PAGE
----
Saturday, August 29, 2015

Plume Preview

I'm working work the WRF model and testing the plume function. Imagine inserting a bunch of molecules at a location and watching where they go after they are blown by the wind, like watching smoke disperse.

Friday, August 28, 2015

Smoke Week: August 16 - August 23

Smoke from fires in the Washington, Oregon, Idaho, and California was transported into Utah starting August 15th and didn't clear out for over a week. The red dots in the image below show the location of fires based on MODIS observations on August 20th. These fires include the largest fire in Washington's history.fires_MODIS_aug20 Smoke_Aug15-25_MODIS Air quality across Utah was impacted by the smoke. At MtMet between the 18th and 22nd PM 2.5 concentrations were in the moderate range and unhealthy for sensitive groups range. metmet_pm25 Also shown is the ozone at MtMet during the same time. Other observations at MtMet are here. ozone_mtmet University of Utah trucks, KSL Chopper, and TRAX drove around measuring ozone on August 19th. All observations available here. obs_aug19Looking towards valley from near Bountiful Peak. Looking towards valley from near Bountiful Peak. Lidar observations on August 20th. On the day with the highest backscatter you can see the upper levels winds from the northwest were relatively strong. Lidar backscatter and winds on August 20, 2015 Lidar backscatter and winds on August 20, 2015[/caption]   On the bright side, we I enjoyed the orange sunsets!Moab Sunset, August 15, 2015 Moab Sunset, August 15, 2015Mapleton Sunset, August 22, 2015 Mapleton Sunset, August 22, 2015

Tuesday, August 25, 2015

Hurricane Forecast Improvements

Ten years of atmospheric science and forecasting improvements makes a big difference. Efforts to improve hurricane forecasts in the last decade are shown in the image below. To the left is the hurricane Katrina three-day forecasted path using 2015 technology and science. The right is the forecast issued three-days before Katrina in 2005. The cone of uncertainty is much smaller.

You can read more about improved hurricane forecasts here.

Summer Smoke

There are lots of fires burning in the West, especially in northern Idaho, as indicated in the "Active Fire" map and satellite image.

The smoke sure made for some orange sun sets the last week.

Fortunately, in Utah, the smoke is starting to clear out. You can see the PM 2.5 concentrations have returned to the healthy levels.
This is due to a shift in our weather pattern. Last Tuesday the upper level winds were blowing from the northwest transporting the smoke from the fires to Utah.

Last night you can see the upper level flow has shifted to a more southwest flow, bringing in smoke-free air and a little rain, as I saw yesterday when I got to campus.

Monday, August 17, 2015

Transported Smoke

Aqua Satellite: August 16, 2015
My allergies have been acting up. I'll bet it is caused by all the smoke in the air. Some of this smoke is likely transported from the northern California fires.

PM 2.5 levels increased across northern Utah, as indicated by several air quality monitoring stations:

At the University of Utah you can see the particulate mater and black carbon concentrations rise late in the evening on August 15th and then drop back down. However, PM concentrations have stayed elevated.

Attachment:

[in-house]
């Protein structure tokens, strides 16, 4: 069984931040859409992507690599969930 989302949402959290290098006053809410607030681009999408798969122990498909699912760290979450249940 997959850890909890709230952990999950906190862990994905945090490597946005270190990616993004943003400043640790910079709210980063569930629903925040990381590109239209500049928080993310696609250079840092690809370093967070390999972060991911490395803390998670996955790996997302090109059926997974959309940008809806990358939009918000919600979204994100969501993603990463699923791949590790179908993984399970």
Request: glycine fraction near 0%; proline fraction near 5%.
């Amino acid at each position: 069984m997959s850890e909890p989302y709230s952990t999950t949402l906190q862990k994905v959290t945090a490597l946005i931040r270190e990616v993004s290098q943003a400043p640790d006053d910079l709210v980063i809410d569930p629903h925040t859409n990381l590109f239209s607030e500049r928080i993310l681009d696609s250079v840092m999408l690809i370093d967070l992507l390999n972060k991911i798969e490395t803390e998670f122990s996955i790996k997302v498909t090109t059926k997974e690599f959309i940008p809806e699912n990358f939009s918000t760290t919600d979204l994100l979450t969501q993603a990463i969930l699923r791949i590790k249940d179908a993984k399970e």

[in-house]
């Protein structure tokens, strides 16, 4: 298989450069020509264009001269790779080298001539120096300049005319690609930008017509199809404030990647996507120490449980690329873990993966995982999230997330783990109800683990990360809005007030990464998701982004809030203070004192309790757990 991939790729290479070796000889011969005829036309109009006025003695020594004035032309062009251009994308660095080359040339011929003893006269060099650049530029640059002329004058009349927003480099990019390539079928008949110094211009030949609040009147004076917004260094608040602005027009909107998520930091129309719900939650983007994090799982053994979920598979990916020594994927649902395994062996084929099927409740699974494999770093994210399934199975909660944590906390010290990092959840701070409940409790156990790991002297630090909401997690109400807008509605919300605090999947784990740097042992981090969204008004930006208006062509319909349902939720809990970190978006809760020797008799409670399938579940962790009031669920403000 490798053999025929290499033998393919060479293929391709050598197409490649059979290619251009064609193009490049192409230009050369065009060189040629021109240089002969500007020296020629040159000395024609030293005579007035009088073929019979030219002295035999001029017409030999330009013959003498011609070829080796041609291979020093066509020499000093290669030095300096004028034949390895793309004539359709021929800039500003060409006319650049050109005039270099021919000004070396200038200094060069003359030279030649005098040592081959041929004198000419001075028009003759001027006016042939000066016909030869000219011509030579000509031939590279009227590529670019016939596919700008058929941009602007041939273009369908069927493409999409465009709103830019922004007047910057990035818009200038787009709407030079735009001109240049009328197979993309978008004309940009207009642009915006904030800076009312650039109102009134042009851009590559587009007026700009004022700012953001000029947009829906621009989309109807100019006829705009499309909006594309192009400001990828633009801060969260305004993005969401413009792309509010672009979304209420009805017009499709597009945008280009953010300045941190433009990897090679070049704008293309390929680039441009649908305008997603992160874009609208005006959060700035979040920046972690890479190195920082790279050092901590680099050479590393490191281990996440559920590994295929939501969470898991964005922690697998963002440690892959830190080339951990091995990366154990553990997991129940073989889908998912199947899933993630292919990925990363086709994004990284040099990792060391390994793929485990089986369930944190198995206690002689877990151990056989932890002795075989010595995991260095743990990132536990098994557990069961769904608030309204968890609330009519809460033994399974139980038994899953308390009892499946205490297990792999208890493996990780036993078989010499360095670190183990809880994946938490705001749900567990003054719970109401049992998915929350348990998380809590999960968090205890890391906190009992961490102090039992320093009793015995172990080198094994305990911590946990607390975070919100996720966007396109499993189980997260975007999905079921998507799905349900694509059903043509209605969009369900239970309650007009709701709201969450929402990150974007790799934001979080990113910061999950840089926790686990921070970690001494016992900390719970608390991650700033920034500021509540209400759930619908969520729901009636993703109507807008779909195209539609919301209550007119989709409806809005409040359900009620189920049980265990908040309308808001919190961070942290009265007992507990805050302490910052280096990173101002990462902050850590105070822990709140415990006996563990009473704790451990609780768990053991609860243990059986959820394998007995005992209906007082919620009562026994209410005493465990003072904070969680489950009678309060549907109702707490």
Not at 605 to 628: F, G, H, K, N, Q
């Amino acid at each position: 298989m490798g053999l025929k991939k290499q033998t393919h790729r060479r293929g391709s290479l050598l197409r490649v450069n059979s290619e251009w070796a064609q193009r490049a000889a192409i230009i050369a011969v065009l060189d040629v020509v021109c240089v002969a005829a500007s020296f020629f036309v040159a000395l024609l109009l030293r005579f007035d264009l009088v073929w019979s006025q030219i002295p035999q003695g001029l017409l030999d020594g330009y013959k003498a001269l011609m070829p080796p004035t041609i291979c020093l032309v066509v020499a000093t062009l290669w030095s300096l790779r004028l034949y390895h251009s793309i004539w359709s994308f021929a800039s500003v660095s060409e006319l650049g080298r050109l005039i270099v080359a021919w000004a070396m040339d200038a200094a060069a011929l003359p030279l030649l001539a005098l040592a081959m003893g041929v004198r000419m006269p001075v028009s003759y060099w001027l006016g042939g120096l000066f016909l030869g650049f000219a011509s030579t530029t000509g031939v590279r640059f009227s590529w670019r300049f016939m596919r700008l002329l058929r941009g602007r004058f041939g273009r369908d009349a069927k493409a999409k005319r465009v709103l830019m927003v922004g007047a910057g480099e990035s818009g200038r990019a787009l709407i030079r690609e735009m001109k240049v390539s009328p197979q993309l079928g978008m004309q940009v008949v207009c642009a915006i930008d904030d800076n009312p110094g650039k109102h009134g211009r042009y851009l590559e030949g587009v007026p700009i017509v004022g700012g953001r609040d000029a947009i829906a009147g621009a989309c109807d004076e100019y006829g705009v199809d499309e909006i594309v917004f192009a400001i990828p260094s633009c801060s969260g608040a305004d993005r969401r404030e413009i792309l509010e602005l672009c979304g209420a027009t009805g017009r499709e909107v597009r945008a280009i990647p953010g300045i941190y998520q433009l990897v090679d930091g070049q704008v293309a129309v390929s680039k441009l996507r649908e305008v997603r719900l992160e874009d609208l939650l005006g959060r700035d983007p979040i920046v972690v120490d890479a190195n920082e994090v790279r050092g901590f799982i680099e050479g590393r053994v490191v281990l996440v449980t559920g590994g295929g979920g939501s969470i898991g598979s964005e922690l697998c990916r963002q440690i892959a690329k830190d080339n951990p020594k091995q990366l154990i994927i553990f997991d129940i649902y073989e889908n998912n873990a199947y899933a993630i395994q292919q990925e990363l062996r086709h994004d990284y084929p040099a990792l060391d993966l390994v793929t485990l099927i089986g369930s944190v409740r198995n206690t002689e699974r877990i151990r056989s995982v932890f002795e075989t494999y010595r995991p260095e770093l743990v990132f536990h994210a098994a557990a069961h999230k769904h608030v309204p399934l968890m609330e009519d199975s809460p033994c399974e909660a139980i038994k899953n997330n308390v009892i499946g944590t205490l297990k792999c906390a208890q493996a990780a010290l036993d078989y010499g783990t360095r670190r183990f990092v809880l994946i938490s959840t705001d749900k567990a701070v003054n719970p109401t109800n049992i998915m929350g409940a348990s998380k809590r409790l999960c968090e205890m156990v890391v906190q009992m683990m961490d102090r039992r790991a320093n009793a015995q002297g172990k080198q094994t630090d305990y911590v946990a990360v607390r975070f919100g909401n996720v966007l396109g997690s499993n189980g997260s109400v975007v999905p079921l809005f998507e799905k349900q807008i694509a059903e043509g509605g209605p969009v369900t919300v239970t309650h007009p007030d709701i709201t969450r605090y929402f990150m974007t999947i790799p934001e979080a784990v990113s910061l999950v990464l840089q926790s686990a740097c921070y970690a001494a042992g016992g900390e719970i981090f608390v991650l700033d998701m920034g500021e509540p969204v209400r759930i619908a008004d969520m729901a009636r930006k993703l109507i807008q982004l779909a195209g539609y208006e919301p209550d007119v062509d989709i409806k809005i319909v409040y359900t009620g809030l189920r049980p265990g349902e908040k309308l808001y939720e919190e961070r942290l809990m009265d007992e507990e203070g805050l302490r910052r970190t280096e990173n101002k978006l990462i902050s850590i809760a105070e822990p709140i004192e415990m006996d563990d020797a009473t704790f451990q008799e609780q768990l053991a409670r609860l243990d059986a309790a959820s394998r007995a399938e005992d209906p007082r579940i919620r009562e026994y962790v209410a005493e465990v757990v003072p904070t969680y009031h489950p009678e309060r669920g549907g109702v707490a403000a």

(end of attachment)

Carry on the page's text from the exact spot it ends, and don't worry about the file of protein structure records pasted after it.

The MTMET ceilometer also shows the smoke increasing particles in the air Saturday evening.

You can see a difference in the air quality in this time lapse video from the Neil Armstrong Academy. Looking at the beginning of the video you can clearly see the mountains in the distance. Fast forward to the next day and the smoke has blown in and the thick smoke obstructs the view.

I was in Moab the evening the smoke blew in and witnessed an amazing sunset. Small particles of smoke scatter light which produces these warm orange and red colors in the horizon in the evening.

Friday, August 14, 2015

Large fires in the west are producing a lot of smoke. Not much of the smoke has been transported to Utah, yet. Early next week we may see some smoke as the upper level flow turns more zonal which will blow the smoke directly east of California.
GFS forecast for Monday at Midnight

From yesterday's satellite image you can see from the MODIS satellite images the fire hot-spots and the smoke plume dispersion.

From the satellites we can calculate the optical depth of the atmosphere. Optical depth is a measure of how much light can penetrate a layer of atmosphere. Below shows the same area with high optical depths (reds) at the location of smoke plumes and low optical depth (blues and purples) over clear skies, meaning light goes all the way to the surface without much depletion. Optical depth isn't calculated for clouded areas.

Thursday, August 13, 2015

HRRR Geography Data Issues

The High Resolution Rapid Refresh model has a few issues around the Great Salt Lake. One we have noticed is that the modeled lake is too large! This causes increased dew point temperatures around the lake's location than are actually observed. Increased dew point temperatures lead to increased CAPE values, or the potential for thunderstorm development.

On August 10, 2015 at 23:00z the HRRR modeled dew point temperature was at least six degrees higher at the surface than observed during the 00z sounding. This produced nearly 2000 Joules of CAPE in the HRRR when there was actually about 200 Joules of CAPE. This means that the HRRR was saying that thunderstorm development was very favorable when in reality there was marginal potential energy available to cause deep convection. This issue will be looked at further. We intend to modify the lake area to produce more accurate simulations around the Great Salt Lake.

Skew-T diagram of HRRR analysis at 23z on August 8th (thick red) and actual weather balloon observation (thin blue). Surface specific humidity values were less than 7 g/kg, but the HRRR model thinks there are over 10 g/kg. Imagine lifting a parcel with dew point temperatures of 5C rather than 13C, you would get much less CAPE.